Womack and Sauer teamed on the choreography that keeps everyone in motion for 11 dance numbers. Yes, eleven. That’s a lot for a show!

Mounting this production again means some new folks on the creative team – visionary director Scott Miller returns as the solo credit, then subbed as the music director and accompanist the first weekend while original music director Nic Valdez, St. Louis Theater Circle nominee for his work in 2020, returned for the final two weeks of the run.

The band, as always, is stellar – Adam Rugo on lead guitar, Jaylen Edwards on guitar, Clancy Newell on percussion and John Gerdes on bass.

A few changes to some costumes – superbly crafted by Sarah Porter and Courtney Gibson – but still the same kicky bright-color garments fashioned after medieval minstrels while giving the royal family a more regal appearance with lush textures and deep hues, gem tones.

Scenic designer Rob Lippert created an imaginative but simple set, so that people could romp around a fairy tale kingdom set in ancient Greece. He elevated natural elements for different height levels that helped with the blocking – such as rocks and forested nooks. Kenneth Zinkl’s lighting design expressed distinct moods between day and night.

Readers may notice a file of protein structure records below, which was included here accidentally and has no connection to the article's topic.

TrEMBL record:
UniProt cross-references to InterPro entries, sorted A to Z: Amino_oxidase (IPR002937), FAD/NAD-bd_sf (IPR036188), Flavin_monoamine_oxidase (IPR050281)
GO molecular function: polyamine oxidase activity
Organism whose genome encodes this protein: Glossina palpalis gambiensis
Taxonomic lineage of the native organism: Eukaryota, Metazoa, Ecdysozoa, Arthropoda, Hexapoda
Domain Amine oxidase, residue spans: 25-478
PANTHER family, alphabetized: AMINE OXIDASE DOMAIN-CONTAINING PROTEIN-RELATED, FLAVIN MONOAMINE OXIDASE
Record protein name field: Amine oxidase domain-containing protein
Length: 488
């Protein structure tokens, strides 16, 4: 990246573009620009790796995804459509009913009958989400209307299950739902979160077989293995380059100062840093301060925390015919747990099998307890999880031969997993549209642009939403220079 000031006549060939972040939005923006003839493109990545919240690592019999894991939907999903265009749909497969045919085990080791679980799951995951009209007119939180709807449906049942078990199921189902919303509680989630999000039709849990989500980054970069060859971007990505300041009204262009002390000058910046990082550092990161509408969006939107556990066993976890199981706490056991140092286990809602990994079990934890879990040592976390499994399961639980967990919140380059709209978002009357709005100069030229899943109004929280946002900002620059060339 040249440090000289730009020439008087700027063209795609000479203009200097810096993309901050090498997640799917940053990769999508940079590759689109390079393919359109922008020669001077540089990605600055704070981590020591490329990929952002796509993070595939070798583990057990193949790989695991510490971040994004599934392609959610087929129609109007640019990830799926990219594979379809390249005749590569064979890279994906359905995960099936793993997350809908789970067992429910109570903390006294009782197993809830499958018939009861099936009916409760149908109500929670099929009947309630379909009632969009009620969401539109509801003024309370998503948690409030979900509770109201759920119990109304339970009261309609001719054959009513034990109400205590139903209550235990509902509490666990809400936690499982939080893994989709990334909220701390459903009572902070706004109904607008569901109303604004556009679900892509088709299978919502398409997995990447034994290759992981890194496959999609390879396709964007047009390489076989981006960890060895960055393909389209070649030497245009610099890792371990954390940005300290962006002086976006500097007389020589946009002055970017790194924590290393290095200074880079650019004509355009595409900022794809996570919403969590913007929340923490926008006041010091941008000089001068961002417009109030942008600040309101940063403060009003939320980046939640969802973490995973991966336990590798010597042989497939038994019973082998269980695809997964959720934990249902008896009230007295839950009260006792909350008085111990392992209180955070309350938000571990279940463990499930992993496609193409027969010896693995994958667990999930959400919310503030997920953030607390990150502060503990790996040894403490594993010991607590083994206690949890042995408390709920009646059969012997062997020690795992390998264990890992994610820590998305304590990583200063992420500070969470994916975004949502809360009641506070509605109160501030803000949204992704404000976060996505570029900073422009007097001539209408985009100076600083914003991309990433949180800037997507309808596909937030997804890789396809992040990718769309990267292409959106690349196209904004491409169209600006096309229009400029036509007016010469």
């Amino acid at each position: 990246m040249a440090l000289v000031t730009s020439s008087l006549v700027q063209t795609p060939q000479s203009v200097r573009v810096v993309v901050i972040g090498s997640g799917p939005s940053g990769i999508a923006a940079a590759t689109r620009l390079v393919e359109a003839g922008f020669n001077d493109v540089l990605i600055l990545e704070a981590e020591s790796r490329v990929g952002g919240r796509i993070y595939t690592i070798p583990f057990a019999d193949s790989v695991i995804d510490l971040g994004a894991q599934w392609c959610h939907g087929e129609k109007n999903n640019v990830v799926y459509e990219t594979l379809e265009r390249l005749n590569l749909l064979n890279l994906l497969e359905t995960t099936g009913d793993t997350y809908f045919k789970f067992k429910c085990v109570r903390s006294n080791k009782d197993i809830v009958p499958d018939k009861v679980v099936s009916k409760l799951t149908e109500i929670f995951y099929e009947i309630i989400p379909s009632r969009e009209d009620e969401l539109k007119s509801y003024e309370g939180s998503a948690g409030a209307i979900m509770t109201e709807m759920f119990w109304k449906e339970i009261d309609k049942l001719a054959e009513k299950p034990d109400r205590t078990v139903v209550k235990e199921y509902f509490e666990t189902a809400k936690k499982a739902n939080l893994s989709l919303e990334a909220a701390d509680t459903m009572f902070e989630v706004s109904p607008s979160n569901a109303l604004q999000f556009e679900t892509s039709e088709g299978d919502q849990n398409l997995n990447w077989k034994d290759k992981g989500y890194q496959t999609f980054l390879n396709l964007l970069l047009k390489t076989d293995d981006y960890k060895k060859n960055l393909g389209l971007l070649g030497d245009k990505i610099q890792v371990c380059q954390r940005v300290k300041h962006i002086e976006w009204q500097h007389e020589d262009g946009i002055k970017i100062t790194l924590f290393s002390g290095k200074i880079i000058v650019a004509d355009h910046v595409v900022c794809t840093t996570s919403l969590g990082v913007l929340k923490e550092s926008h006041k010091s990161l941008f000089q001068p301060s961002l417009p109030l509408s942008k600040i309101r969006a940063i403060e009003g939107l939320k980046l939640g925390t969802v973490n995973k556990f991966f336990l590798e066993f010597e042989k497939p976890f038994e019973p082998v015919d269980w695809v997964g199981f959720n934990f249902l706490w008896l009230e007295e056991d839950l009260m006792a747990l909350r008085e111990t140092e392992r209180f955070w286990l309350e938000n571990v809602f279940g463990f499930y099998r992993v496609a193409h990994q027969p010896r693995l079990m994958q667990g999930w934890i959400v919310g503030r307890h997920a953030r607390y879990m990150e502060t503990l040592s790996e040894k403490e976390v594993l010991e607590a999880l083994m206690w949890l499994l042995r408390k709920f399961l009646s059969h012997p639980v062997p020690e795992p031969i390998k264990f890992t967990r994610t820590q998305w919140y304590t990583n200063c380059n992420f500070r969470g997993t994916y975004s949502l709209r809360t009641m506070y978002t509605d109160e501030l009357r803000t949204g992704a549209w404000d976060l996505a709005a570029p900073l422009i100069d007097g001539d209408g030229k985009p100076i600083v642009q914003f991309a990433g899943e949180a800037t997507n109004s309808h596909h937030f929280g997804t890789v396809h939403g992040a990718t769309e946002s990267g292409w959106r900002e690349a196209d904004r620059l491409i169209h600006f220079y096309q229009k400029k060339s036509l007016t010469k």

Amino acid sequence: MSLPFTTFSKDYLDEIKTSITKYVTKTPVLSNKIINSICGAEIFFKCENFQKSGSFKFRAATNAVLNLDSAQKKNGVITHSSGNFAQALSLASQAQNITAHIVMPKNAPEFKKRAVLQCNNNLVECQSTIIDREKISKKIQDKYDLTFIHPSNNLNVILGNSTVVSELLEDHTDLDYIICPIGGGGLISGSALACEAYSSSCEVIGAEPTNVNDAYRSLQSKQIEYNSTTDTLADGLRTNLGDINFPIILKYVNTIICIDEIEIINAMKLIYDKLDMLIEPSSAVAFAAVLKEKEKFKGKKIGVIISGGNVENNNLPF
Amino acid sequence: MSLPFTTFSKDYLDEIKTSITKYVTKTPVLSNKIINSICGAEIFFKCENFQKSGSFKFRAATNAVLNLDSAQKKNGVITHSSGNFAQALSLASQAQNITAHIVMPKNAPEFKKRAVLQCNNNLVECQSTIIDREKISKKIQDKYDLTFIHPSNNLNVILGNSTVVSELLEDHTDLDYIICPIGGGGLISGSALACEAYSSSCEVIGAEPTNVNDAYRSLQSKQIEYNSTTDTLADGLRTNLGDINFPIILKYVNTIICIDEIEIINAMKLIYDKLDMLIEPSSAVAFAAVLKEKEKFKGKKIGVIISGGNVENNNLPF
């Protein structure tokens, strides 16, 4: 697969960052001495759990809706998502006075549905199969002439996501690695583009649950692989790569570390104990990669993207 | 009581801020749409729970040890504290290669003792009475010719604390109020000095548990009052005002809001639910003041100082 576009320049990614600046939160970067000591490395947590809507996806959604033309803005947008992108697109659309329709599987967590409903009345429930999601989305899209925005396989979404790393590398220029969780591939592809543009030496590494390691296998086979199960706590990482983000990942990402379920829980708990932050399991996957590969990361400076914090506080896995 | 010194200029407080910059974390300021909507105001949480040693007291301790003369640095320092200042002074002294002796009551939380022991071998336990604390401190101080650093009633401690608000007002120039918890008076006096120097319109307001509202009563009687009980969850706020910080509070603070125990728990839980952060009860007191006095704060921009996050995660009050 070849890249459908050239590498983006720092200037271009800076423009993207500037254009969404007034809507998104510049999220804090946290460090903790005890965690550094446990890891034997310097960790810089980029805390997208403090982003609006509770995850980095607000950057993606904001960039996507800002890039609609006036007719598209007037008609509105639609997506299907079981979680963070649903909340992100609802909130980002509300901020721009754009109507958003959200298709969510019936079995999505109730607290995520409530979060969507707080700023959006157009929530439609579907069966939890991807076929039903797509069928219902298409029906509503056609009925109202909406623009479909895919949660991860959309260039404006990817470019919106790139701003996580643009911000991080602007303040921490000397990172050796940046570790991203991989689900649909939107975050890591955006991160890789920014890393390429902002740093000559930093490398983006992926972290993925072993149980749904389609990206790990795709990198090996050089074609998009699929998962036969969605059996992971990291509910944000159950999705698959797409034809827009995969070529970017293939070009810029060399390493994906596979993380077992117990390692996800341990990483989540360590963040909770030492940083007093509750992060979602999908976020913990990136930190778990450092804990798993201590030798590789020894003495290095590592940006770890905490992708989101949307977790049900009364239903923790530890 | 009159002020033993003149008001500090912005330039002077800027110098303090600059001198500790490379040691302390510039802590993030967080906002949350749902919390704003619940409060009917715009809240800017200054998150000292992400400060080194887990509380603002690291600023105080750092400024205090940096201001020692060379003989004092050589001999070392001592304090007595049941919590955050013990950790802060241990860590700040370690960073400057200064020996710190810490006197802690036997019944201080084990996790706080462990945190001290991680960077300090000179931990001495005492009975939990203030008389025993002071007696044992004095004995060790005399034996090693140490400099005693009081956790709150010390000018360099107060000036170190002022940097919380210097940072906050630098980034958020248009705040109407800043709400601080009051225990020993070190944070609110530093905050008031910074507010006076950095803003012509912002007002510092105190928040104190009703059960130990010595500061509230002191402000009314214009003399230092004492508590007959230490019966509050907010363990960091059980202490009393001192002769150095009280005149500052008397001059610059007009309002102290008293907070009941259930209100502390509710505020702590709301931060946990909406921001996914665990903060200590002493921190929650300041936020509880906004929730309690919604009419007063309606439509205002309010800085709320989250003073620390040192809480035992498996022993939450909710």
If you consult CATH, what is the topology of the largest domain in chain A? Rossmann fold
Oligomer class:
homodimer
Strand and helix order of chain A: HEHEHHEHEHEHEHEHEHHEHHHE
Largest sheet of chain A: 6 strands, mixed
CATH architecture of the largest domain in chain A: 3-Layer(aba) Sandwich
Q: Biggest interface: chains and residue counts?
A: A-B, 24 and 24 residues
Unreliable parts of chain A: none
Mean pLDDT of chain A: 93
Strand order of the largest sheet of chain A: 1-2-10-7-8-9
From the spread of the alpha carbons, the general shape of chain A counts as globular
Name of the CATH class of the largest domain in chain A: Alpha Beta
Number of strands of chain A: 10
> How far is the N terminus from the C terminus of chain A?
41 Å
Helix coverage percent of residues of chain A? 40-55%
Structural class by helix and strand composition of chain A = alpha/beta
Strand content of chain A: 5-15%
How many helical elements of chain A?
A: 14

How did this show ever come about? It took some bold veterans to enliven the musical comedy genre with some real cheeky moves. Jeff Whitty conceived it and wrote the book, which was adapted by James Magruder into a laugh-out-loud love story. Broadway composer Tom Kitt (“Next to Normal”) took care of the band and vocal arrangements.

“Head Over Heels” originally premiered at the Oregon Shakespeare Festival in 2015, then opened on Broadway in 2018. The show was nominated for Best Musical by the Drama League and the Outer Critics Circle Awards.

And just in case you need a reminder, it contains adult content.

While New Line Theatre often offers a fresh take on musicals in need of a makeover or neglected ones who need resurrection, they have grabbed recent works who could benefit from the company’s spotlight, such as “Be More Chill” in 2019 and this cultish gem.

The night belongs to lovers, nonconformists and an ebullient cast who revel in the romance and adventure – and the twists! (And they twist!). Female independence never looked so bold, brave, boisterous, or beautiful.

Photo by Jill Ritter Lindberg

New Line Theatre presents “Head Over Heels” March 3 through March 26 (Thursday through Saturday) at 8 p.m. Performances take place at the Marcelle Theater, 3310 Samuel Shepard Drive, three blocks east of Grand, in Grand Arts Center. For more information, visit or call Metrotix at 314-534-1111 for tickets.